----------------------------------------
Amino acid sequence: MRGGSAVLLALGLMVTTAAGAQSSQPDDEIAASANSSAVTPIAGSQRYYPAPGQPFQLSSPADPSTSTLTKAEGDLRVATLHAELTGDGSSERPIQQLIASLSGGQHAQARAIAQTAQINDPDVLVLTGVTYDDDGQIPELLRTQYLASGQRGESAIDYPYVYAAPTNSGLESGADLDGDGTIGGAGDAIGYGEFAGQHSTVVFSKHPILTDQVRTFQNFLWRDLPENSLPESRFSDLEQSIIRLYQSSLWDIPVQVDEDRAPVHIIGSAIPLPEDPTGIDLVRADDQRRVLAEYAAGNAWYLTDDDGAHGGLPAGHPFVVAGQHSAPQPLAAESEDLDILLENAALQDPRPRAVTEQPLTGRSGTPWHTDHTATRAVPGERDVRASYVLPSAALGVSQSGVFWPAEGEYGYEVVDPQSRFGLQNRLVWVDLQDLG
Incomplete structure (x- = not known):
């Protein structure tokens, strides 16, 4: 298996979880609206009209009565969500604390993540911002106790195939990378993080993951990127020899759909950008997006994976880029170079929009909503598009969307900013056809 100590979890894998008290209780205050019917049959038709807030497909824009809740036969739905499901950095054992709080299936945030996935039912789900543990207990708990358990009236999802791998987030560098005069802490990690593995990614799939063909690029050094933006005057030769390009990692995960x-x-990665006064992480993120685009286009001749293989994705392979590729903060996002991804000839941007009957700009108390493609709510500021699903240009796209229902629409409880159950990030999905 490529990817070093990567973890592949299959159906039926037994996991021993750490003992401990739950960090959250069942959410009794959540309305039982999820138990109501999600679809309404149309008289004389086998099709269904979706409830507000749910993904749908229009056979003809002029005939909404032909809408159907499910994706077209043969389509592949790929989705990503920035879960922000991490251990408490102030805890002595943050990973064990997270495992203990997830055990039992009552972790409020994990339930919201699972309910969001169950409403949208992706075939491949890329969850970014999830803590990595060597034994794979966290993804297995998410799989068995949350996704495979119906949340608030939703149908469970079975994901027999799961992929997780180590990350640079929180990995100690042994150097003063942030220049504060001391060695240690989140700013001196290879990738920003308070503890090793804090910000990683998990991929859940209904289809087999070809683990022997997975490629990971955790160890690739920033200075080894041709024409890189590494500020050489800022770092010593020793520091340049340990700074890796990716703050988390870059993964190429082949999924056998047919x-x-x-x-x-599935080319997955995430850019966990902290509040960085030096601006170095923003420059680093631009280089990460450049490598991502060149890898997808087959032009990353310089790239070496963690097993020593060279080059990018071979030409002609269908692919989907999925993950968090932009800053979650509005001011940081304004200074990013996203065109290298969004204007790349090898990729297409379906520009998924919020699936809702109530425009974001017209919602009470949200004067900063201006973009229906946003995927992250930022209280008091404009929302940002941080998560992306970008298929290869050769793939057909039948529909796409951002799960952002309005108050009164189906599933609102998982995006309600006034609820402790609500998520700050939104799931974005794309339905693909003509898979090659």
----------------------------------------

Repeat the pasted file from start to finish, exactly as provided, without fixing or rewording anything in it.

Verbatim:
Amino acid sequence: MRGGSAVLLALGLMVTTAAGAQSSQPDDEIAASANSSAVTPIAGSQRYYPAPGQPFQLSSPADPSTSTLTKAEGDLRVATLHAELTGDGSSERPIQQLIASLSGGQHAQARAIAQTAQINDPDVLVLTGVTYDDDGQIPELLRTQYLASGQRGESAIDYPYVYAAPTNSGLESGADLDGDGTIGGAGDAIGYGEFAGQHSTVVFSKHPILTDQVRTFQNFLWRDLPENSLPESRFSDLEQSIIRLYQSSLWDIPVQVDEDRAPVHIIGSAIPLPEDPTGIDLVRADDQRRVLAEYAAGNAWYLTDDDGAHGGLPAGHPFVVAGQHSAPQPLAAESEDLDILLENAALQDPRPRAVTEQPLTGRSGTPWHTDHTATRAVPGERDVRASYVLPSAALGVSQSGVFWPAEGEYGYEVVDPQSRFGLQNRLVWVDLQDLG
Incomplete structure (x- = not known):
């Protein structure tokens, strides 16, 4: 298996979880609206009209009565969500604390993540911002106790195939990378993080993951990127020899759909950008997006994976880029170079929009909503598009969307900013056809 100590979890894998008290209780205050019917049959038709807030497909824009809740036969739905499901950095054992709080299936945030996935039912789900543990207990708990358990009236999802791998987030560098005069802490990690593995990614799939063909690029050094933006005057030769390009990692995960x-x-990665006064992480993120685009286009001749293989994705392979590729903060996002991804000839941007009957700009108390493609709510500021699903240009796209229902629409409880159950990030999905 490529990817070093990567973890592949299959159906039926037994996991021993750490003992401990739950960090959250069942959410009794959540309305039982999820138990109501999600679809309404149309008289004389086998099709269904979706409830507000749910993904749908229009056979003809002029005939909404032909809408159907499910994706077209043969389509592949790929989705990503920035879960922000991490251990408490102030805890002595943050990973064990997270495992203990997830055990039992009552972790409020994990339930919201699972309910969001169950409403949208992706075939491949890329969850970014999830803590990595060597034994794979966290993804297995998410799989068995949350996704495979119906949340608030939703149908469970079975994901027999799961992929997780180590990350640079929180990995100690042994150097003063942030220049504060001391060695240690989140700013001196290879990738920003308070503890090793804090910000990683998990991929859940209904289809087999070809683990022997997975490629990971955790160890690739920033200075080894041709024409890189590494500020050489800022770092010593020793520091340049340990700074890796990716703050988390870059993964190429082949999924056998047919x-x-x-x-x-599935080319997955995430850019966990902290509040960085030096601006170095923003420059680093631009280089990460450049490598991502060149890898997808087959032009990353310089790239070496963690097993020593060279080059990018071979030409002609269908692919989907999925993950968090932009800053979650509005001011940081304004200074990013996203065109290298969004204007790349090898990729297409379906520009998924919020699936809702109530425009974001017209919602009470949200004067900063201006973009229906946003995927992250930022209280008091404009929302940002941080998560992306970008298929290869050769793939057909039948529909796409951002799960952002309005108050009164189906599933609102998982995006309600006034609820402790609500998520700050939104799931974005794309339905693909003509898979090659």